I didn’t want resurrect an old thread, so I made this new one.
I’m looking at this example:

``````const int NINPUTS = 4;
const byte inputPin[NINPUTS] = { A0, A4, A3, A5 };
for(int i = 0; i<NINPUTS; i++) {
}
}
``````

Can someone clarify what they meant by this:

aarg said:

It’s math. You’re taking 25% of the current reading, and adding 75% of the previous reading. If it were 50/50 it would be a standard average. Get it? Then rinse and repeat. The result becomes the previous reading for the next round.

``````const int NINPUTS = 2;
const byte inputPin[NINPUTS] = { A0, A4};
for(int i = 0; i<NINPUTS; i++) {
}
}
``````

Would the numbers in bold be any different depending on number of analog inputs chosen?
I’m not getting the reasoning behind why they chose .75, and .25.

The code doesn’t have an option to change the number of readings.
How would I embed this into the smoothing code example on the arduino site:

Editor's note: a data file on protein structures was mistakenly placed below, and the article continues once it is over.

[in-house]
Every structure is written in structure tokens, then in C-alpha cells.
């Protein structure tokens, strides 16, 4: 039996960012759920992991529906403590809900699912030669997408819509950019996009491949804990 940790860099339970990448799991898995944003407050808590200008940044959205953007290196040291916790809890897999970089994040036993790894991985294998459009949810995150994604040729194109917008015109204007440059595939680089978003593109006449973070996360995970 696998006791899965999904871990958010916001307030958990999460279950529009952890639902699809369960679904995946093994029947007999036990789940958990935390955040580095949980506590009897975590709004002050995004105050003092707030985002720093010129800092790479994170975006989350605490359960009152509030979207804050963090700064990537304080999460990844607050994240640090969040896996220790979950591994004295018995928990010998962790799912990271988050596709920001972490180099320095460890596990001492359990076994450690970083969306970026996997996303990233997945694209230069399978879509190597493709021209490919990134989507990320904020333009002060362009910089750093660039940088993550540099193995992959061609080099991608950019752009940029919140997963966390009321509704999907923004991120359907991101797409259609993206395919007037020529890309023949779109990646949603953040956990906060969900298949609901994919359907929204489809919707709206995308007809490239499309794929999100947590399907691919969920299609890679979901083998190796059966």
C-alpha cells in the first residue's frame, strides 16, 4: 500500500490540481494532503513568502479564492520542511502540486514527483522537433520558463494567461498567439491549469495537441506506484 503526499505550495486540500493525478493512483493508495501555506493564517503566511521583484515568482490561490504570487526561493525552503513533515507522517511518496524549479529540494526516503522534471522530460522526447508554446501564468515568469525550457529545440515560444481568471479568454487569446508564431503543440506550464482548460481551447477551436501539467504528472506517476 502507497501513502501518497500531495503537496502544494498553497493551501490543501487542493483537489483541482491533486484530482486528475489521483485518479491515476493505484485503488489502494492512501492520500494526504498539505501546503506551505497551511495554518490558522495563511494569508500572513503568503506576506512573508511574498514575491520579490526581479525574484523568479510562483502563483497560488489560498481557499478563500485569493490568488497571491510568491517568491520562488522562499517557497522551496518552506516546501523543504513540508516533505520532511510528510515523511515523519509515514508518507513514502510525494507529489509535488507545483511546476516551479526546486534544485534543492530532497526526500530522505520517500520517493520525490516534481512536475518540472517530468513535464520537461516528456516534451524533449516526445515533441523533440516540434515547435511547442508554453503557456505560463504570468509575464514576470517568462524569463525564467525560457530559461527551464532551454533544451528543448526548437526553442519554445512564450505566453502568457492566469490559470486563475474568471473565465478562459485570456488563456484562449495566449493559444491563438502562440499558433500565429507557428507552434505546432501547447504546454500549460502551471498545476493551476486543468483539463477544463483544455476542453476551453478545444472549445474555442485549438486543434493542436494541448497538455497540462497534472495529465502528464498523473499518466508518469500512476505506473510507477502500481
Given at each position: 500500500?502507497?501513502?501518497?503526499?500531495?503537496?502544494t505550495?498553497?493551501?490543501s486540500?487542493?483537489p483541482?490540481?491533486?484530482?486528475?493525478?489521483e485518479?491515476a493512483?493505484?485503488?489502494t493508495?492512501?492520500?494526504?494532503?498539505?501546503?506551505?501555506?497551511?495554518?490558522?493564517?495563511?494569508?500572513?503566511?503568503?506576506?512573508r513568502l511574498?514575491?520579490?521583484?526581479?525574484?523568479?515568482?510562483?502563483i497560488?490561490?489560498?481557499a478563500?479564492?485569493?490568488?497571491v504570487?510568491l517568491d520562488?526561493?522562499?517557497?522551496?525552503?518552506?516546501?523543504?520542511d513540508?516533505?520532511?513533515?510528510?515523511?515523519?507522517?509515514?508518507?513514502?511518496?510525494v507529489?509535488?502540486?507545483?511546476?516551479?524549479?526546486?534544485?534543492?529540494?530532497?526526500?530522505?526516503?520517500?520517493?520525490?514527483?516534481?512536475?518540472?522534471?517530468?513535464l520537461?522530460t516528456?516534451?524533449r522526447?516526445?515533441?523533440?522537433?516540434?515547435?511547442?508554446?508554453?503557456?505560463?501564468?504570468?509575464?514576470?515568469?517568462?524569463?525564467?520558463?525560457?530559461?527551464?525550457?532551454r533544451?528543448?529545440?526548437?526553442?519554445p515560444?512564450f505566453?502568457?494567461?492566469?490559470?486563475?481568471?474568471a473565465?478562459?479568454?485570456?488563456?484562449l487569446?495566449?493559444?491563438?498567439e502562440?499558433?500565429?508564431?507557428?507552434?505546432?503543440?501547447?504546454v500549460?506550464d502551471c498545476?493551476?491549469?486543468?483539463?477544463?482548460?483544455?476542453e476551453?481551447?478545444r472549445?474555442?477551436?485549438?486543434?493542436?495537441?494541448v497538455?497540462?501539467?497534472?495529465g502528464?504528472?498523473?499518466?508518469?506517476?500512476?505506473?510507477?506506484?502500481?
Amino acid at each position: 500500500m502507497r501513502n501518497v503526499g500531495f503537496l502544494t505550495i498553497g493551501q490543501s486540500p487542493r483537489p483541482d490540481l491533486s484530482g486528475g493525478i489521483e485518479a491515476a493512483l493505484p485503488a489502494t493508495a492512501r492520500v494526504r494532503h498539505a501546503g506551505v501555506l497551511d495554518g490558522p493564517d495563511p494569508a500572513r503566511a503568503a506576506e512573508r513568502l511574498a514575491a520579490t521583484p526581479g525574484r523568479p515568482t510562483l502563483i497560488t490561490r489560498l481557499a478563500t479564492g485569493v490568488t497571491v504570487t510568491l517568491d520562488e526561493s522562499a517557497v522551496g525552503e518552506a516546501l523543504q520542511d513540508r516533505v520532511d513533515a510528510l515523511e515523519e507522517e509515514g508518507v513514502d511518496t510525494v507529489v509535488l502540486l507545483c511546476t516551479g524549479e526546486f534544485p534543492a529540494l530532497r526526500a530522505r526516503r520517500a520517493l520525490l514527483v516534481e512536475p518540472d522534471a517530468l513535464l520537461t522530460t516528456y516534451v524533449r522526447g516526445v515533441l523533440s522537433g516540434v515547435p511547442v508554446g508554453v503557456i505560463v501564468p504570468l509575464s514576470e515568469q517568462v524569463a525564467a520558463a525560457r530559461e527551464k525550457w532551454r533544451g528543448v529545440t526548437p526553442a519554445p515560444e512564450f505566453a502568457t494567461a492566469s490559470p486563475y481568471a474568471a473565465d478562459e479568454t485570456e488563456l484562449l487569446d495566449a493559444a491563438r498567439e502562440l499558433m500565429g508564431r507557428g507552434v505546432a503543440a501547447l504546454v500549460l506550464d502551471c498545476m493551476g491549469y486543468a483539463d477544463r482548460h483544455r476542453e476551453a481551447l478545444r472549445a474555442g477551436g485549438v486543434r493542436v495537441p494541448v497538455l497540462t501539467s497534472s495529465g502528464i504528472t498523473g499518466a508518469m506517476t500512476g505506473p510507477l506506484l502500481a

Would I have to make another array for?:

``````  // calculate the average:
``````

The number of inputs is defined by NINPUTS. The weighting of the reading is determined by the 0.75/0.25 and is independent of the number of inputs.

But why did they choose .75/.25 versus

``````average = total / numReadings;
``````

?

It's a false moving average. It is an approximation to a true moving average, but without needing a larger memory buffer.

It is doing digital filtering, NOT averaging. Though a more conventional way to do it would be:

``````smoothedReading[i ] += ( reading[i]- smoothedReading[i] ) * .25;
``````

The idea is to prevent noise spikes in the input signal from making it to the output signal without being attenuated. Though with a coefficient of 0.25, not a lot will be taking place. A more typical coefficient would be on the order of 0.1, if not much less. The smaller the coefficient is, the more any noise in the reading will be rejected, but it will also take longer for a truly correct, stable reading to be achieved, as the final value will be reached asymptotically.

Regards,
Ray L.